Fallibility is Human and Necessary for Change Essay

1567 Words 7 Pages
There is not a single person who has avoided being wrong throughout his or her entire life, or maybe even day. But also, nobody, or at least very few, accept fallibility as tolerable. Throughout history, there have been people who refuse to be wrong, and it often has lead to despondency. Although everyone wants to be right, fallibility is a necessary step to avoiding harm and improving the world. Nobody wants to be wrong. It is associated with “shame, stupidity, ignorance, indolence, psychopathology, and moral degeneracy” (Schulz). Also, as people, we revel in other’s wrongness as much as we do our own accuracy, which has created an environment in which being wrong is unnerving to the point of a possible, legitimate fear. But not only is …show more content…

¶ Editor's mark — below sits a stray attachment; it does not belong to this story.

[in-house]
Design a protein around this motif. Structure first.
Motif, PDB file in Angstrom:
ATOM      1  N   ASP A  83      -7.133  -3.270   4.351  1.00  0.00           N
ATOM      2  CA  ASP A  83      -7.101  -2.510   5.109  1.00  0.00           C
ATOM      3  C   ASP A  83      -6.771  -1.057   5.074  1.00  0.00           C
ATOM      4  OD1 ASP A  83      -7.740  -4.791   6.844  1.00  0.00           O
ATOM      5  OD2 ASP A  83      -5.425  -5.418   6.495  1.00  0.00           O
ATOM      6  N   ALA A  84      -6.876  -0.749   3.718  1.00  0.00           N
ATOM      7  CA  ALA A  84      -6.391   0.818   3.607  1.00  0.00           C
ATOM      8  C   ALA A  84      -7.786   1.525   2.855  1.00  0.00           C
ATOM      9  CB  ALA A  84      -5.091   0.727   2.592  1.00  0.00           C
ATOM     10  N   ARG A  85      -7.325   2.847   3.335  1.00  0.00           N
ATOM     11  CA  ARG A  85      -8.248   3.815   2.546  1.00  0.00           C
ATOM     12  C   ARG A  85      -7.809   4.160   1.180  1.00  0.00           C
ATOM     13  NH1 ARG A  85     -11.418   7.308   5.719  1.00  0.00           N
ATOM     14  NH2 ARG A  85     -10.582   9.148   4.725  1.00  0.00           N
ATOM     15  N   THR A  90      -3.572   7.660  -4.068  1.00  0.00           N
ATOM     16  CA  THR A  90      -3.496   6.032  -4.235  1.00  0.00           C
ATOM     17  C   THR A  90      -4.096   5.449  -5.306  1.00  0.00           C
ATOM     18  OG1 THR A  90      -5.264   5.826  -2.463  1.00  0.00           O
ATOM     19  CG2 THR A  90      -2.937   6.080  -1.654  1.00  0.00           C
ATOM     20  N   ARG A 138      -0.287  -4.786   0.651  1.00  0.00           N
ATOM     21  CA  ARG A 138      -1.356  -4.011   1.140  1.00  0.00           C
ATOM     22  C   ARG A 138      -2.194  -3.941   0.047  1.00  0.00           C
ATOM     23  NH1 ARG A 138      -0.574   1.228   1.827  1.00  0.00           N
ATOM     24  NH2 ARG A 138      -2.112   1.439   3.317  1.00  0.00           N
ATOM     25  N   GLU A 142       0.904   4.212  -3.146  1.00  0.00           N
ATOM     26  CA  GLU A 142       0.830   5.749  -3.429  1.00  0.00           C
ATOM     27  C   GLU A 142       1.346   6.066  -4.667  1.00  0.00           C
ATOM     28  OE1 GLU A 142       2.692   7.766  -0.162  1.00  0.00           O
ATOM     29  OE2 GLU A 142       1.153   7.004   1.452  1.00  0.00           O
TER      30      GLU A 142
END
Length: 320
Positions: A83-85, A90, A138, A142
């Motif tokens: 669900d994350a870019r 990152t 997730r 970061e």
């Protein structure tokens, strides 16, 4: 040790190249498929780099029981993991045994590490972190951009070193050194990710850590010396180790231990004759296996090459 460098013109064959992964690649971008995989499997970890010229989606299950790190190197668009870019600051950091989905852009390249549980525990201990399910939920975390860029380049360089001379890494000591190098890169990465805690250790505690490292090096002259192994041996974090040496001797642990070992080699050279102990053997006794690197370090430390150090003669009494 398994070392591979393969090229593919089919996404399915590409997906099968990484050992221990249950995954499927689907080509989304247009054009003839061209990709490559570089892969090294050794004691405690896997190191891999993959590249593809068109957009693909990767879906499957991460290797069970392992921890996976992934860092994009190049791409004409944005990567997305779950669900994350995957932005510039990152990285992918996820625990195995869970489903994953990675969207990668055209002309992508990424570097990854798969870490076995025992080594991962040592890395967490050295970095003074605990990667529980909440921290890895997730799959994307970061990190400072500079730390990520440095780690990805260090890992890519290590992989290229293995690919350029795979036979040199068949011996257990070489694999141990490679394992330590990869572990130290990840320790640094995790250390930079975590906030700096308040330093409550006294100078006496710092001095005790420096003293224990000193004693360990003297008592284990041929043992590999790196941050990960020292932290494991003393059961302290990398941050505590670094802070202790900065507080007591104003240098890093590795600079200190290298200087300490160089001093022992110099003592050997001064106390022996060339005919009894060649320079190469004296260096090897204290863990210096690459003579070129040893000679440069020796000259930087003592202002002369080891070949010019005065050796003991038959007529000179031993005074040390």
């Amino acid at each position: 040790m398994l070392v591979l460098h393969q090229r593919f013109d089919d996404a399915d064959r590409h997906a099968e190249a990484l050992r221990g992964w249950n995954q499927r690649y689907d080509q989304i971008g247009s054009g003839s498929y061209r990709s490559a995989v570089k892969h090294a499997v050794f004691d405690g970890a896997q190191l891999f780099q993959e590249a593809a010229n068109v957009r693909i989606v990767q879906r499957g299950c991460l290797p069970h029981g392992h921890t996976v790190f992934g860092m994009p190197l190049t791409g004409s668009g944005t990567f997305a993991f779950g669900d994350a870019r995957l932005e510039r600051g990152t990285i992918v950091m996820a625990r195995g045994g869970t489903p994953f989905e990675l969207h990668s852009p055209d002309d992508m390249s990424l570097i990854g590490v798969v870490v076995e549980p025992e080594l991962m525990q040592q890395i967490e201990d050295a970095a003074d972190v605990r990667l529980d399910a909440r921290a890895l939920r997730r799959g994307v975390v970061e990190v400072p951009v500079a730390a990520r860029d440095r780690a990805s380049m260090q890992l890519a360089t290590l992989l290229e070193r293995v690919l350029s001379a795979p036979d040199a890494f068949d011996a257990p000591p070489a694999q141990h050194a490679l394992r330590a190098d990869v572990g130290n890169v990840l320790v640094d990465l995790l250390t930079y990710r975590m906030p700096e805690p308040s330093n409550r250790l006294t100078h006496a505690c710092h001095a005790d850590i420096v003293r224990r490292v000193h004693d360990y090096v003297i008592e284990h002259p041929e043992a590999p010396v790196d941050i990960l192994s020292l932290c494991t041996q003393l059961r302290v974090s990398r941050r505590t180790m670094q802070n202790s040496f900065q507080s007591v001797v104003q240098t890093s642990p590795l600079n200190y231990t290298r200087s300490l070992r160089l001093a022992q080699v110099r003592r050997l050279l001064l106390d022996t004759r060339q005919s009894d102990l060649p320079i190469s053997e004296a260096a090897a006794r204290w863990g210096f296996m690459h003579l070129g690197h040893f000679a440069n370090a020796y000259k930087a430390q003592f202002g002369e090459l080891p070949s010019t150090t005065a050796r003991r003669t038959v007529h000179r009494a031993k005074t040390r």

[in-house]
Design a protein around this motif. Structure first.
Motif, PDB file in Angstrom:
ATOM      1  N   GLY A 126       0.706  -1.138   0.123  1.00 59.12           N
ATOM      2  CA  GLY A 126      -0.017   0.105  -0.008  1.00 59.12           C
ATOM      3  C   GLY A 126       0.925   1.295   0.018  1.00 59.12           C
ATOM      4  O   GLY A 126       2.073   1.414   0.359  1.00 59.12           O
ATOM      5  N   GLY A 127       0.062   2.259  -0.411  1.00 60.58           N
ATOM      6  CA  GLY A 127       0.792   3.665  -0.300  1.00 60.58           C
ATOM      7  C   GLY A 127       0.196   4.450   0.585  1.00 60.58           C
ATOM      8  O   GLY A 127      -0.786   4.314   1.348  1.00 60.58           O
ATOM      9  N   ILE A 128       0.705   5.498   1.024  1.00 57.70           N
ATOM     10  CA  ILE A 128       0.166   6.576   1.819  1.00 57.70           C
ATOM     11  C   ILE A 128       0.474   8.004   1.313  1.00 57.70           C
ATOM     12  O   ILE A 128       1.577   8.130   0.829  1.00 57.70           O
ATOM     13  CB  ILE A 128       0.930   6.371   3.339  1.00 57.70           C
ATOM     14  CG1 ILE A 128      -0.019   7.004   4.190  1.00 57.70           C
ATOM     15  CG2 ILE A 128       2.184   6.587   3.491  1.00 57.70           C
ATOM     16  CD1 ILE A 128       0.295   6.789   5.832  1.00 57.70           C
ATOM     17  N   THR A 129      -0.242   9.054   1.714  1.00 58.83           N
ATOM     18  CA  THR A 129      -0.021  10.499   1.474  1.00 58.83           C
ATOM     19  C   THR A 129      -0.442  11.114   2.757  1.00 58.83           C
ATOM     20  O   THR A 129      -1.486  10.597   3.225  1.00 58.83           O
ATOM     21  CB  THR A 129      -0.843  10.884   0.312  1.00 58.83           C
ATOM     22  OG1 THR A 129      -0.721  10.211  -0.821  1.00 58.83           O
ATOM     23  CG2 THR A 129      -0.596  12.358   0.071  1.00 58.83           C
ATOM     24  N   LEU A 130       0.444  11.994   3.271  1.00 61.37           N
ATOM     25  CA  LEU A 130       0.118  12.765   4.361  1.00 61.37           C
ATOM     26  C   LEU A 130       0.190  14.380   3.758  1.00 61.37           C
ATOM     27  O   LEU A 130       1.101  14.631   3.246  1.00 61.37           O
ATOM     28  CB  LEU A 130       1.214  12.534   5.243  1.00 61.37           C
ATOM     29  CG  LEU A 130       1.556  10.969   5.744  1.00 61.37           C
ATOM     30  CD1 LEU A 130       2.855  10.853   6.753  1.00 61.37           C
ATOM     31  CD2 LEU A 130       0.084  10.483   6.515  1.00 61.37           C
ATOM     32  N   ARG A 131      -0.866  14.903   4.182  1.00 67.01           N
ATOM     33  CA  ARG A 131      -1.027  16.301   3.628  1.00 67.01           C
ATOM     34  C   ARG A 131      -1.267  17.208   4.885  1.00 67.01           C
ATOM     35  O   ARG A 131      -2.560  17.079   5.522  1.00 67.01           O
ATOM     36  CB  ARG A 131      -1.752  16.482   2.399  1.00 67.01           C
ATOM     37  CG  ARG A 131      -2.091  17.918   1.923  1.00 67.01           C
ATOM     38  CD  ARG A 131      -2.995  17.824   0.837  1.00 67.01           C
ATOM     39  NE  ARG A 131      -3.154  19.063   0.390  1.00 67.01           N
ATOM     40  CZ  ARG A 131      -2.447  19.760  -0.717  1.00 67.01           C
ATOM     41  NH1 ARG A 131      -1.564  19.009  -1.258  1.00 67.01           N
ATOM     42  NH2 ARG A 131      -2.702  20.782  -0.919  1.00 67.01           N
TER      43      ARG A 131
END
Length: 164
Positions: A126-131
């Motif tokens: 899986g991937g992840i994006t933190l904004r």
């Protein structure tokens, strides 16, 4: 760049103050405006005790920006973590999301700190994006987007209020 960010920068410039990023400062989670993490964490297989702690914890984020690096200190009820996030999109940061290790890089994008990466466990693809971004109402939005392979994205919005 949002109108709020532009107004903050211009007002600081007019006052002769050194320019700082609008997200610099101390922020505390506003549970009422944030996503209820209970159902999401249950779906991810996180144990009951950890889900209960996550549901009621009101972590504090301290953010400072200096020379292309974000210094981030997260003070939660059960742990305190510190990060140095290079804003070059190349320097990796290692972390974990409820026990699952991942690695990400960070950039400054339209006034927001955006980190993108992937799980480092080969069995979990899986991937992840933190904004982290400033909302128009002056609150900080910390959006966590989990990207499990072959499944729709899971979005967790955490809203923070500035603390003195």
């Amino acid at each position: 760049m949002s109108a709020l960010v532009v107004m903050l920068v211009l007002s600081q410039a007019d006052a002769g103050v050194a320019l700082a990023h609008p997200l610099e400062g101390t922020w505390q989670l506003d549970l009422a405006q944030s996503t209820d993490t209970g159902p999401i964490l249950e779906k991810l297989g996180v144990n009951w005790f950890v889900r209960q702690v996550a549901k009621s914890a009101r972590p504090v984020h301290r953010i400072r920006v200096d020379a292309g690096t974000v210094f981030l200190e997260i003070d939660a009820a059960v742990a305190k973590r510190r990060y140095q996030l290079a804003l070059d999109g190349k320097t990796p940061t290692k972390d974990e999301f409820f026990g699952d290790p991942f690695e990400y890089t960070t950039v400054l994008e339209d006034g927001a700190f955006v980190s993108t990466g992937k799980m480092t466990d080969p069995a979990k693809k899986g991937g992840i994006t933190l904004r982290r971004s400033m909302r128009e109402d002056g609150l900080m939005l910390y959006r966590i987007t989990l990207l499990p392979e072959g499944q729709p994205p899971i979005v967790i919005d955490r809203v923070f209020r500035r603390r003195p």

There is not a single person who has avoided being wrong throughout his or her entire life, or maybe even day. But also, nobody, or at least very few, accept fallibility as tolerable. Throughout history, there have been people who refuse to be wrong, and it often has lead to despondency. Although everyone wants to be right, fallibility is a necessary step to avoiding harm and improving the world. Nobody wants to be wrong. It is associated with “shame, stupidity, ignorance, indolence, psychopathology, and moral degeneracy” (Schulz). Also, as people, we revel in other’s wrongness as much as we do our own accuracy, which has created an environment in which being wrong is unnerving to the point of a possible, legitimate fear. But not only is our society giving us the fear of being wrong, life is. Our existence is dependent on making accurate conclusions (Schulz). If humans couldn’t make accurate conclusions, then death would be upon each person extremely prematurely; therefore, a fear of being wrong is completely legitimate, but it is also mildly vacuous. Everyone is wrong at some point. Augustine said, “fallor ergo sum” which means “I err therefore I am” (Schulz). Being wrong is not only apart of who we are, but it also makes us into who we are. Fallibility is human and makes each person whom he or she is. It can allow us to change our worldviews, learn, and look through a “window into normal human nature”. Of course though, a sense of omniscience is seemingly the natural